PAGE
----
Beyond the wonderful design was how items came in and out.  I was expecting a small team of crew members to be shuttling desks and other furniture onto the stage like most plays.  Instead, the entire set appeared to be mechanized.  Desks and chairs rose up from the floor.  Blackboards swung down from the ceiling.  Humans were eliminated from the process of scene changes.

As I sat there marveling at the automation I wondered why the producers so carefully eliminated the crew from the show.  It turns out Broadway crew members are part of a very powerful union called local 1 of the IATSE (International Alliance of Theatrical Stage Employees).  The Wall Street Journal had an interesting article that suggests the union has negotiated very well and that top crew members earn $300,000 to $400,000 per year.

Given these costs some simple calculations show it makes financial sense to eliminate the crew.  Let’s say it takes five people to shift scenery in the play at $250,000 per year and that it costs $1 million to automate the process so that these people are not needed.  If the producers think that the play will run for more than one year then it makes financial sense to eliminate the stage crew and create an automated set.  In the first year the producers can save a 1/4 million dollars by automating.  The union, by asking for very high wages, can indeed price their own people out of a job.

If Matilda goes on the road to other cities beside New York, my guess is that the scenery and set will be much less automated.  I predict this because road shows tend to stay in cities for much shorter times than plays run on Broadway.  Moreover, Forbes magazine points out that IATSE members outside of local 1 in New York City earn far less.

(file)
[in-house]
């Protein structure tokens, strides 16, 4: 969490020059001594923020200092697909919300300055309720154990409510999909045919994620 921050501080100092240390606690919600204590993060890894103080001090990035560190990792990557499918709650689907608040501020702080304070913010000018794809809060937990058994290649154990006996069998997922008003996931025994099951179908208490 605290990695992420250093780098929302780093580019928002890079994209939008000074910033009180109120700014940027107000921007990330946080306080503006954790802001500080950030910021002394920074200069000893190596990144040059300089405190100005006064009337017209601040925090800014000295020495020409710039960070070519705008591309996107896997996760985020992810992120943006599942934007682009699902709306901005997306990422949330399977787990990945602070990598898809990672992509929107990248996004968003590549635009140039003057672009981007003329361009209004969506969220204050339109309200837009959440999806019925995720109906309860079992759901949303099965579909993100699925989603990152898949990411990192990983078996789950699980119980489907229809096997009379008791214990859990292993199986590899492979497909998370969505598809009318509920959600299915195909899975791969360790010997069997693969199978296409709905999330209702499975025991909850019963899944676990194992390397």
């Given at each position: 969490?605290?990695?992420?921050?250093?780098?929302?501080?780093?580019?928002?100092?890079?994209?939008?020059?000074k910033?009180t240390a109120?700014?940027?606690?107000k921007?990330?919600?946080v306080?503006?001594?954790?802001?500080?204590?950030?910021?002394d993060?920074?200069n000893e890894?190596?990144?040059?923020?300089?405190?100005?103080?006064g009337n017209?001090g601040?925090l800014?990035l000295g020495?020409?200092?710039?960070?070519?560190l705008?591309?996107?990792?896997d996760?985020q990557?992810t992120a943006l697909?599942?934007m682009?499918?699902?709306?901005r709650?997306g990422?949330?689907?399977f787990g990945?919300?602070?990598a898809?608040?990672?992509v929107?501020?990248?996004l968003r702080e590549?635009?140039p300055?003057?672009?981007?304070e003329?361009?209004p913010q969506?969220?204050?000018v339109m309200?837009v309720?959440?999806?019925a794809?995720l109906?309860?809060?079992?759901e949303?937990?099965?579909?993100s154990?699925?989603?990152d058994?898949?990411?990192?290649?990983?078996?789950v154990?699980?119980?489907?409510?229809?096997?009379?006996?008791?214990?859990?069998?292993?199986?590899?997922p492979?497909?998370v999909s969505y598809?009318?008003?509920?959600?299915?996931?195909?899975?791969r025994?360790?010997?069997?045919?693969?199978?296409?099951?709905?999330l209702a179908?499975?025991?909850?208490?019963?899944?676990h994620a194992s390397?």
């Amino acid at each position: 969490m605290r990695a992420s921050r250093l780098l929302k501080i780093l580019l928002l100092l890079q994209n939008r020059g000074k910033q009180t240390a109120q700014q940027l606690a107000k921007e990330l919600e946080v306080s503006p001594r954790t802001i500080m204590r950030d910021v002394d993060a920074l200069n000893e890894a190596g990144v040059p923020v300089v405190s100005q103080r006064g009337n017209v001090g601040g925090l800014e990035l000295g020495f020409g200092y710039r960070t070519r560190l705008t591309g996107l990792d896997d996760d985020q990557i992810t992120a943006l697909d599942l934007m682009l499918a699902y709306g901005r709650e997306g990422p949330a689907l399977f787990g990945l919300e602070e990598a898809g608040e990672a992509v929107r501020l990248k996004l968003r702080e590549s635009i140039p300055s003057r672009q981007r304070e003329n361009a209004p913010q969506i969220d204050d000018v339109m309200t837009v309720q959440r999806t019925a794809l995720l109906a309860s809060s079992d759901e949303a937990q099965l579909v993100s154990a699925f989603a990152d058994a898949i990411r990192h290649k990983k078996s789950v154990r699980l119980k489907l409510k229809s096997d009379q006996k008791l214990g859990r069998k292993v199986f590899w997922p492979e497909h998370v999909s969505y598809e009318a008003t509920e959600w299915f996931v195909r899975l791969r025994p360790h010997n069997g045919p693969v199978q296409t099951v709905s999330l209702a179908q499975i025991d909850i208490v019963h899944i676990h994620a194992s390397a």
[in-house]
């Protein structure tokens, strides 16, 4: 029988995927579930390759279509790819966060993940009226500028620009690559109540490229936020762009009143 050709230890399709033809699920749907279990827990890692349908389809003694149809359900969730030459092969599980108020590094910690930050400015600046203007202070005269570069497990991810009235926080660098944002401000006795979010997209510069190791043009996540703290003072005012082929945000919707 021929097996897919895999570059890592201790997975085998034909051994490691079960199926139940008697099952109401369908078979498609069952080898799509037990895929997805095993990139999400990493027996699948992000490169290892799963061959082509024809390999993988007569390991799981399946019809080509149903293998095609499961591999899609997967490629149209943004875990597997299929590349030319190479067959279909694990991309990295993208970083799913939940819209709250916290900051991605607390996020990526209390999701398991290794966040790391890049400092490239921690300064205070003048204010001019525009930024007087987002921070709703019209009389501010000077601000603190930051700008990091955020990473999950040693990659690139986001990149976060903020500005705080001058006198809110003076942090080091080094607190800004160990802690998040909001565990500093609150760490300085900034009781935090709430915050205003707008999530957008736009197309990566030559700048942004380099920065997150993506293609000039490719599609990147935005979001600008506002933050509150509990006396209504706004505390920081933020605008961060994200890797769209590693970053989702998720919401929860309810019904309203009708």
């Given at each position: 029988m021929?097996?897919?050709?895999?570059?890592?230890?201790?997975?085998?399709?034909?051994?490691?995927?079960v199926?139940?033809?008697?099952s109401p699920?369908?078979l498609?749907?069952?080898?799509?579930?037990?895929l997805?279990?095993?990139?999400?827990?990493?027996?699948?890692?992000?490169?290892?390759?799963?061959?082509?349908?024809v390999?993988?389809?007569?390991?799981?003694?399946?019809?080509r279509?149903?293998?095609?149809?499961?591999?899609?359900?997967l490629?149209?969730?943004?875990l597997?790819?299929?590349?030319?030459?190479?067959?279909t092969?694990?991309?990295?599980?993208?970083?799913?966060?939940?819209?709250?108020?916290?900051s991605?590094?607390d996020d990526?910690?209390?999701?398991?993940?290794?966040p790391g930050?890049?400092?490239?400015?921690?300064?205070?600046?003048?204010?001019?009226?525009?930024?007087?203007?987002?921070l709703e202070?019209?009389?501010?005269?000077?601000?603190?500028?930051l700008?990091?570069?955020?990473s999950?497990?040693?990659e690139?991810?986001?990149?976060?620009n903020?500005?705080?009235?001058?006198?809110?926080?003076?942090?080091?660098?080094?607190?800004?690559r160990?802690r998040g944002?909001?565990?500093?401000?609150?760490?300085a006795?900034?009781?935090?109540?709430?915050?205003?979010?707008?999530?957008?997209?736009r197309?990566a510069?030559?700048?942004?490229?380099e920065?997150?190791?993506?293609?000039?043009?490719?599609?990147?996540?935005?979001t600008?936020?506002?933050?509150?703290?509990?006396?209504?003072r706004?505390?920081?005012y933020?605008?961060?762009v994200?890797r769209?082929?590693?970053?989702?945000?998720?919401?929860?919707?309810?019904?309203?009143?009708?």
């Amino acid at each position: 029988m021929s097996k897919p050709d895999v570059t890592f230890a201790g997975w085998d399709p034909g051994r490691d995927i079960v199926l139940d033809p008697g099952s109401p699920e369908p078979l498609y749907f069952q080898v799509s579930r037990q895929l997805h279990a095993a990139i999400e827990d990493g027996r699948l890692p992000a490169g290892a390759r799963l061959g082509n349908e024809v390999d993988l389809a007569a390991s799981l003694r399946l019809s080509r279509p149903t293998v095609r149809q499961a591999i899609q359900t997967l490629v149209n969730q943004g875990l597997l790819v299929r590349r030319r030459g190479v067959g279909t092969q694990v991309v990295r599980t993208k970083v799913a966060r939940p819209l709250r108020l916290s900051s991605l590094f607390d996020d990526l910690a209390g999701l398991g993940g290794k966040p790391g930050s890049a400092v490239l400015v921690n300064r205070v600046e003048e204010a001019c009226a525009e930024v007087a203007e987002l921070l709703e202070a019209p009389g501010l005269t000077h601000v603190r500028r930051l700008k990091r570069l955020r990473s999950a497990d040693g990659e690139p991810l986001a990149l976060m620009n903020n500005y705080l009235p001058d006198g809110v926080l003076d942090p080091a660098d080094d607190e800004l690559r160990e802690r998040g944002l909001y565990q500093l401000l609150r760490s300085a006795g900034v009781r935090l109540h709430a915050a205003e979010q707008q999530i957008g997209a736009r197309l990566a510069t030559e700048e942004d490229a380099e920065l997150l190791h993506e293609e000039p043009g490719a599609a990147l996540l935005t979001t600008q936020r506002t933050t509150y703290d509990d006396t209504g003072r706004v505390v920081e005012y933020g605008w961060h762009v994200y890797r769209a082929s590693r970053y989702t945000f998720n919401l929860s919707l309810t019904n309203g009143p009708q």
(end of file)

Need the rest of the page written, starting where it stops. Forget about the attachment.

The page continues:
Have you encountered other situations where people have priced themselves out of work?

Advice to High School Students: Why Should You Go To College?

I teach a large Introduction to Macroeconomics class every Spring.  For a number of years one of the local charter high schools has sent a group of their seniors to my class to give them a taste of college.  A few days ago I went to the charter high school to meet the 13 students who will be taking my class.  One of the things I talked to them about was why it is important to go and finish college.

As an economist I laid out a pretty simple argument.  If you get a 4 year college degree you earn a lot more money.  I used the Bureau of Labor Statistics quarterly “Usual weekly earnings of wage and salary workers” news release as the basis for my argument.  The numbers I used came from table 5 of the Nov 1, 2013 release, but the answers haven’t changed much from year to year.

I divided the class up into men and women and had each gender look at the table and do their own calculations.  The table shows the median weekly earnings for people with just a high school degree were $742 a week for men and $569 a week for women.  The median weekly earnings for people with just a bachelor’s degree and no higher education were $1,267 for men and $941 a week for women.

While there are many more complex and correct ways to calculate lifetime wages (see my Business Macroeconomics textbook’s Chapter 14 section 3) I had them do a simple calculation.  First they multiplied the weekly figures by 52 to turn the numbers into yearly averages.  Then they multiplied the result by 40 since the average person spends about 40 years in the labor force.  We finally rounded the results and got the following table.

Men With Just a High School Degree $1.5 million lifetime earnings

Men with a College Degree $2.6 million lifetime earnings

Additional amount earned by going to college $1.1 million


Women With Just a High School Degree $1.2 million lifetime earnings